A Dark Knight rises (no, not that one) and Gordon gets his mojo back on the latest episode of Gotham


Previously on Gotham ... a nice lady with a dinosaur hand gets killed by homicidal Jack Frost and BD Wong is to blame. Everyone hates him except the audience, who loves him best.

Now on Gotham ... the best episode all season. Maybe the best episode of Gotham ever. Almost every plot thread is coming together, and most of them fit nicely with one another. And A LOT happens, so let's not waste any time.


- Hugo Strange, realizing that his resurrected Theo Galavan seems to know less about his own identity and more about the writings within The Will and Order of St. Dumas, decides to reinvent Galavan with a whole new identity -- Azrael. In Dumas' text, Azrael is a resurrected warrior who fights against the evils of the world. By Strange's twisted measure, the evil in his world is Jim Gordon. So Strange tells Galavan that he's actually Azrael, gives him a cape and a mask and sends him off to kill the evil Jim Gordon. Wonder where Strange would every come up with a crazy idea like that ...

- Edward Nygma, that's where! Nygma's still in Arkham and he wants out. Bad. So he tries to tempt Strange by showing him how helpful he can be in defeating Gordon. Nygma shows Strange how he's already manipulated every other patient in Arkham by understanding their story. This is where Strange gets the idea of giving his inmates new stories of his own design. Not much help for Nygma, but the distraction of a new scheme leaves Strange and Peabody blind to Nygma finding a way to escape from his particular cell. That would be great news, but Nygma, rather than escaping, becomes ensared by the mystery of the disappearing patients. That ultimately leads Edward to where all Strange's experiments are being held. With no simple means of escape, that's probably not the best place in Gotham for Nygma to find himself.

- And speaking of not the best place you want to find yourself, Jim Gordon's quest at the behest of Bruce Wayne to figure out who is responsible for the death of Thomas and Martha Wayne has landed him in hot water with Hugo Strange, aka The Architect, aka at least one of the people responsible for Thomas and Martha Wayne's death. He's got Theo Galavan (who thinks he's Azrael) on his tail. Azrael is happy to kill anyone and everyone in his efforts to take down Gordon, which includes, among a number of other police officers, Commissioner Barnes! Gordon survives, holding Barnes as he dies as an unmasked Azrael is seen by the watching cameras of Gotham's journalists. Now, whoever might see that?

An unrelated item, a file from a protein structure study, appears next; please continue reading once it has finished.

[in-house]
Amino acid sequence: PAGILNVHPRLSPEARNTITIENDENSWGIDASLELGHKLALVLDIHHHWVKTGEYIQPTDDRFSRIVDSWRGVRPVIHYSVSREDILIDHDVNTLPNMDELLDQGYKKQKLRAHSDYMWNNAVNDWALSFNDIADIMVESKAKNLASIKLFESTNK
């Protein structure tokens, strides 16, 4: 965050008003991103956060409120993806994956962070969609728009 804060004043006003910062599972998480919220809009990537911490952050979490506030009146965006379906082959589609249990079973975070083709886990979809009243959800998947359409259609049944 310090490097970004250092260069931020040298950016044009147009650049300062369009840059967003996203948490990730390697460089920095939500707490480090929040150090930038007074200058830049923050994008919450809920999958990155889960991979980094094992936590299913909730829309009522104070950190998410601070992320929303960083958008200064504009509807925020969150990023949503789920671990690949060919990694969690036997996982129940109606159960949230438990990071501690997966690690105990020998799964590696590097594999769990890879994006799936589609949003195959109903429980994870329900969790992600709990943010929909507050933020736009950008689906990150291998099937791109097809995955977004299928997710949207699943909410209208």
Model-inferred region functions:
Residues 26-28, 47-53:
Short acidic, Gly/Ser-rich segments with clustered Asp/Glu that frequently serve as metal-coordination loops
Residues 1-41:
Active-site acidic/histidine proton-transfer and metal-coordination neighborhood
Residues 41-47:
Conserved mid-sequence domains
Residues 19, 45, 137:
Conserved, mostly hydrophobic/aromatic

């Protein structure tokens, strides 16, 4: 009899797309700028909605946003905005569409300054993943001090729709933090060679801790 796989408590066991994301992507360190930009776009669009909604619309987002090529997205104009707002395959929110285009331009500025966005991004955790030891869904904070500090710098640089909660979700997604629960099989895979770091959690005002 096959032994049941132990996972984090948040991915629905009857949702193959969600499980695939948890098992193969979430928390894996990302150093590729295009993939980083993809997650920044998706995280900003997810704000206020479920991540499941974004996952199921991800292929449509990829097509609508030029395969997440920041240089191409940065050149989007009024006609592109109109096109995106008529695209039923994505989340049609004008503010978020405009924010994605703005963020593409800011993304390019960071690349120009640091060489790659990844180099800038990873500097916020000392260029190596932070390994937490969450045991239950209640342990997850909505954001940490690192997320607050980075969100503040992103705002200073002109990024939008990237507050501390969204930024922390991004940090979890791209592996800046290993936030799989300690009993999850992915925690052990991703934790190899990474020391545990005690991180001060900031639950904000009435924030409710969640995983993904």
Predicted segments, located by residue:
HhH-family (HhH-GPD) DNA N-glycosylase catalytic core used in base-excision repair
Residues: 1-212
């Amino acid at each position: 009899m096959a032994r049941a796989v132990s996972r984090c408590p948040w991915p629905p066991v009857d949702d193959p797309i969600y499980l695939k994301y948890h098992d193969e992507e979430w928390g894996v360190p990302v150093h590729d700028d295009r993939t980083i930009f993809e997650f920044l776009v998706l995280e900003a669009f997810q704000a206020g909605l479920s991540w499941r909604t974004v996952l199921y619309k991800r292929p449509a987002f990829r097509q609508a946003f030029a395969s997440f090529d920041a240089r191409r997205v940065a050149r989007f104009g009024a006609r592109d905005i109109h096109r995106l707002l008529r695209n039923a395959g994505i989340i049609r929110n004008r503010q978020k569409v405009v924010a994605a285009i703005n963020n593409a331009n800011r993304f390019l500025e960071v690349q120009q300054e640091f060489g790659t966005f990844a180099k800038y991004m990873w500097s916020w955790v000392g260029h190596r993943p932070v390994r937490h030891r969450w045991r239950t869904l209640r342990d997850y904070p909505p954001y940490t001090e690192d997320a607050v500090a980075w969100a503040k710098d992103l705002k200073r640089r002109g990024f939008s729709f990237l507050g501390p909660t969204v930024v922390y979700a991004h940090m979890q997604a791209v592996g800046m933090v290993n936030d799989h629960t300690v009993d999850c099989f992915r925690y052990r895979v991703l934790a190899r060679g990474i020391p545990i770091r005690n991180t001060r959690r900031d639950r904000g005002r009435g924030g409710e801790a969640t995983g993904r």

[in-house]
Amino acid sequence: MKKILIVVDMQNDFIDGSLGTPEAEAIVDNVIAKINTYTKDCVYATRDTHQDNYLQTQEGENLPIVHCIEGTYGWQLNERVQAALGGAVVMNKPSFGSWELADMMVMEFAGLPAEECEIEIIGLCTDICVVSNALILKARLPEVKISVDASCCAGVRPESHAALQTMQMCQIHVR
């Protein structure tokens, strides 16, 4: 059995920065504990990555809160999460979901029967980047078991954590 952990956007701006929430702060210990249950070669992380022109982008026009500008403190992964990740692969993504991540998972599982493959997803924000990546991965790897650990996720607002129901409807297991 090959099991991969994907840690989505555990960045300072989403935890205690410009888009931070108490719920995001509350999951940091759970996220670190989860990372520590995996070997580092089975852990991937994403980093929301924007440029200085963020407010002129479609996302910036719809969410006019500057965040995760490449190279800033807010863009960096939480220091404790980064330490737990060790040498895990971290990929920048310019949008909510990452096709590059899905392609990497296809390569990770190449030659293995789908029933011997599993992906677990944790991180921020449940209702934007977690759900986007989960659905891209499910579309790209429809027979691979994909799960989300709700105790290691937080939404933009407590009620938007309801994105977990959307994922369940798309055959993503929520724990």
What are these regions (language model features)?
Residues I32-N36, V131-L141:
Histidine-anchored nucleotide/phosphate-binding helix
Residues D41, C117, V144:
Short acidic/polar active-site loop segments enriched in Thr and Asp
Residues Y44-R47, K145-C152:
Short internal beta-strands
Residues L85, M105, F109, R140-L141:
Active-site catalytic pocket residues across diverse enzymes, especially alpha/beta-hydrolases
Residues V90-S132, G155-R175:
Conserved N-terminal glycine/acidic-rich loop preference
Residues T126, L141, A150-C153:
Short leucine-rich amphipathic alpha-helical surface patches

- Penguin, that's who! Penguin doesn't do anything in this episode beyond hang around some dead bodies and eat, but when he sees Theo Galavan on his oldey timey TV, oh but does his face ever light up!

So those are the basic plot beats, but there's a shocking amount of devil in the details for Gotham. And almost all of it is great. I know! Let's dig in:


- At long last, James Gordon admits that, not only does he regret having killed Theo Galavan, but that he did it in cold blood and that it was wrong. Finally! And the person he admits this to is Bruce Wayne, whose moral center is largely being built up by watching the actions of James Gordon.

- And speaking of Galavan, Azrael is simultaneously really cool and really funny. I'll focus on the first part here. The Azrael cotume is cool with the armor, the cape, and that bloody skull-like mask. And having us watch Bruce watch Azrael as he lurks above, hiding in the shadows, and picking off the GCPD, one-by-one, was a masterstroke. The episode even ends on Azrael high up on a bridge staring down at Gotham. Azrael is a proto-Batman for Gotham and he's exactly as #$%ed up as the rest of the show.